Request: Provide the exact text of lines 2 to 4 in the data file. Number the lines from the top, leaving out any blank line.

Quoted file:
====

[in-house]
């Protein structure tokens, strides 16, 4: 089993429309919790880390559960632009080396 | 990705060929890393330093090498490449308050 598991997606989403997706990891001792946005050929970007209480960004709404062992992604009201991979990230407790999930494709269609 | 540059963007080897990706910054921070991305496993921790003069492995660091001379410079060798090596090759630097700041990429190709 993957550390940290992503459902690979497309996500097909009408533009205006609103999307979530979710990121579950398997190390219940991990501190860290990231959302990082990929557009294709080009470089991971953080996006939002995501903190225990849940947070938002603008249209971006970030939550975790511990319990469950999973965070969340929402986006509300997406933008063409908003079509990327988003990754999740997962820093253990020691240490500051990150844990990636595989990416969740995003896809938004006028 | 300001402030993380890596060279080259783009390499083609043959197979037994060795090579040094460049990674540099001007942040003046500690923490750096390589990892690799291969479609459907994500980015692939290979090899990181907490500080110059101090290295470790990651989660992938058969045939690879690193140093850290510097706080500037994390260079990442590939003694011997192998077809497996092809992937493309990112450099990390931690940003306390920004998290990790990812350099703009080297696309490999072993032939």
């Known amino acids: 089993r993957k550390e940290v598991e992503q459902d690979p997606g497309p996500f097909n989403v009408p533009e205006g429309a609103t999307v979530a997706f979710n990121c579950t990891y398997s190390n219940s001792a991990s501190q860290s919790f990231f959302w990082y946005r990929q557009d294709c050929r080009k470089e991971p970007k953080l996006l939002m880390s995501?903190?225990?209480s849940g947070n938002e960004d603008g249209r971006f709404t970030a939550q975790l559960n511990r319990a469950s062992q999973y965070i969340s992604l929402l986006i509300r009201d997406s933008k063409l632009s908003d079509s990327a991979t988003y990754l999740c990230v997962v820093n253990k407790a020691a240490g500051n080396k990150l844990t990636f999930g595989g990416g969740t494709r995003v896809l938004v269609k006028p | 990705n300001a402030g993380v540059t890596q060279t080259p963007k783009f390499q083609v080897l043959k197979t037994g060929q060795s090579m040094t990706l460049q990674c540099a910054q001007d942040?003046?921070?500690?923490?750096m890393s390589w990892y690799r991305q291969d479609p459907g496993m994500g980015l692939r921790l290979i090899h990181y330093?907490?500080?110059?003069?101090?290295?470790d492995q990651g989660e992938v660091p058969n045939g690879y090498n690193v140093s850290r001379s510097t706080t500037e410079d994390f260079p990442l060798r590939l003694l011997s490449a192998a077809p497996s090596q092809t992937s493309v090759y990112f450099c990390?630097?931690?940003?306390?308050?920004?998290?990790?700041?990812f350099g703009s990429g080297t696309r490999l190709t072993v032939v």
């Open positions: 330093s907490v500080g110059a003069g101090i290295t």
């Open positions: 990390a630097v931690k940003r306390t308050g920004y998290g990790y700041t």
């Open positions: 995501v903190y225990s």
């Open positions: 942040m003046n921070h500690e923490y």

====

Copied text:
């Protein structure tokens, strides 16, 4: 089993429309919790880390559960632009080396 | 990705060929890393330093090498490449308050 598991997606989403997706990891001792946005050929970007209480960004709404062992992604009201991979990230407790999930494709269609 | 540059963007080897990706910054921070991305496993921790003069492995660091001379410079060798090596090759630097700041990429190709 993957550390940290992503459902690979497309996500097909009408533009205006609103999307979530979710990121579950398997190390219940991990501190860290990231959302990082990929557009294709080009470089991971953080996006939002995501903190225990849940947070938002603008249209971006970030939550975790511990319990469950999973965070969340929402986006509300997406933008063409908003079509990327988003990754999740997962820093253990020691240490500051990150844990990636595989990416969740995003896809938004006028 | 300001402030993380890596060279080259783009390499083609043959197979037994060795090579040094460049990674540099001007942040003046500690923490750096390589990892690799291969479609459907994500980015692939290979090899990181907490500080110059101090290295470790990651989660992938058969045939690879690193140093850290510097706080500037994390260079990442590939003694011997192998077809497996092809992937493309990112450099990390931690940003306390920004998290990790990812350099703009080297696309490999072993032939």
């Known amino acids: 089993r993957k550390e940290v598991e992503q459902d690979p997606g497309p996500f097909n989403v009408p533009e205006g429309a609103t999307v979530a997706f979710n990121c579950t990891y398997s190390n219940s001792a991990s501190q860290s919790f990231f959302w990082y946005r990929q557009d294709c050929r080009k470089e991971p970007k953080l996006l939002m880390s995501?903190?225990?209480s849940g947070n938002e960004d603008g249209r971006f709404t970030a939550q975790l559960n511990r319990a469950s062992q999973y965070i969340s992604l929402l986006i509300r009201d997406s933008k063409l632009s908003d079509s990327a991979t988003y990754l999740c990230v997962v820093n253990k407790a020691a240490g500051n080396k990150l844990t990636f999930g595989g990416g969740t494709r995003v896809l938004v269609k006028p | 990705n300001a402030g993380v540059t890596q060279t080259p963007k783009f390499q083609v080897l043959k197979t037994g060929q060795s090579m040094t990706l460049q990674c540099a910054q001007d942040?003046?921070?500690?923490?750096m890393s390589w990892y690799r991305q291969d479609p459907g496993m994500g980015l692939r921790l290979i090899h990181y330093?907490?500080?110059?003069?101090?290295?470790d492995q990651g989660e992938v660091p058969n045939g690879y090498n690193v140093s850290r001379s510097t706080t500037e410079d994390f260079p990442l060798r590939l003694l011997s490449a192998a077809p497996s090596q092809t992937s493309v090759y990112f450099c990390?630097?931690?940003?306390?308050?920004?998290?990790?700041?990812f350099g703009s990429g080297t696309r490999l190709t072993v032939v």
């Open positions: 330093s907490v500080g110059a003069g101090i290295t």